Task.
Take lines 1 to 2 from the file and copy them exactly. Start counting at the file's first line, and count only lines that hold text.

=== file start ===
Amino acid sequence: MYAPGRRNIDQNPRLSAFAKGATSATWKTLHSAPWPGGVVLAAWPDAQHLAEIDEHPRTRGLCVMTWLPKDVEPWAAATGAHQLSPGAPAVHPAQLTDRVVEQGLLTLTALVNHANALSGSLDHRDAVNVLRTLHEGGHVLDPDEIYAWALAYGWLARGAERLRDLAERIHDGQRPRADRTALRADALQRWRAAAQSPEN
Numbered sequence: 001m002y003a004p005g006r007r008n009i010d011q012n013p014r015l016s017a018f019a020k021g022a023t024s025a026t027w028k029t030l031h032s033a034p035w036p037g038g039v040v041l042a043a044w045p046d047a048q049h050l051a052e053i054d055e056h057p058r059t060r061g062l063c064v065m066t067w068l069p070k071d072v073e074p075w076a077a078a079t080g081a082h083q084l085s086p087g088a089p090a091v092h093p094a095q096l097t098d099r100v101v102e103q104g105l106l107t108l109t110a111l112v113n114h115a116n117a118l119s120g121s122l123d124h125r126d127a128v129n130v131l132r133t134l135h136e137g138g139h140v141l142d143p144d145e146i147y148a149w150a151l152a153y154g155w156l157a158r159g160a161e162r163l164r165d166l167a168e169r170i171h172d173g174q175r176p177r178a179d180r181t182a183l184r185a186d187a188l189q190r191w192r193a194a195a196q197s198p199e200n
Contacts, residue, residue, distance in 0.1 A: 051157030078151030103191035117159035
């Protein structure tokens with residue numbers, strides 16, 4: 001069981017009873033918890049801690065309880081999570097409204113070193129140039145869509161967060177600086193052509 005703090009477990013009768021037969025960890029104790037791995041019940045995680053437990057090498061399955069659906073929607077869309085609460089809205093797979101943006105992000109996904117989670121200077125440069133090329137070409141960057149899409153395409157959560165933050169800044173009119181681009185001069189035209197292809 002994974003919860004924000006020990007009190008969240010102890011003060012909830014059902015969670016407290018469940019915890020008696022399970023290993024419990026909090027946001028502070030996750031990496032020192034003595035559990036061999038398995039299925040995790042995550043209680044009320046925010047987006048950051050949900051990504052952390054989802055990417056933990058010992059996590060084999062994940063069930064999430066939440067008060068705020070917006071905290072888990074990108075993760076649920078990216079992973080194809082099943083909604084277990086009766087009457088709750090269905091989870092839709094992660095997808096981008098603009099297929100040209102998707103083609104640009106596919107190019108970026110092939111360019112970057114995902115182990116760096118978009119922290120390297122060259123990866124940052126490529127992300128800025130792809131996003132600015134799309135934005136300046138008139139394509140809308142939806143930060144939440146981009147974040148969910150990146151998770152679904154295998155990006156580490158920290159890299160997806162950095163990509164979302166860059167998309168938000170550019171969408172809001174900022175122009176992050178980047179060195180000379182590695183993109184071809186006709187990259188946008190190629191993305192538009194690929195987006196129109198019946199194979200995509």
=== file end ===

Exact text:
Amino acid sequence: MYAPGRRNIDQNPRLSAFAKGATSATWKTLHSAPWPGGVVLAAWPDAQHLAEIDEHPRTRGLCVMTWLPKDVEPWAAATGAHQLSPGAPAVHPAQLTDRVVEQGLLTLTALVNHANALSGSLDHRDAVNVLRTLHEGGHVLDPDEIYAWALAYGWLARGAERLRDLAERIHDGQRPRADRTALRADALQRWRAAAQSPEN
Numbered sequence: 001m002y003a004p005g006r007r008n009i010d011q012n013p014r015l016s017a018f019a020k021g022a023t024s025a026t027w028k029t030l031h032s033a034p035w036p037g038g039v040v041l042a043a044w045p046d047a048q049h050l051a052e053i054d055e056h057p058r059t060r061g062l063c064v065m066t067w068l069p070k071d072v073e074p075w076a077a078a079t080g081a082h083q084l085s086p087g088a089p090a091v092h093p094a095q096l097t098d099r100v101v102e103q104g105l106l107t108l109t110a111l112v113n114h115a116n117a118l119s120g121s122l123d124h125r126d127a128v129n130v131l132r133t134l135h136e137g138g139h140v141l142d143p144d145e146i147y148a149w150a151l152a153y154g155w156l157a158r159g160a161e162r163l164r165d166l167a168e169r170i171h172d173g174q175r176p177r178a179d180r181t182a183l184r185a186d187a188l189q190r191w192r193a194a195a196q197s198p199e200n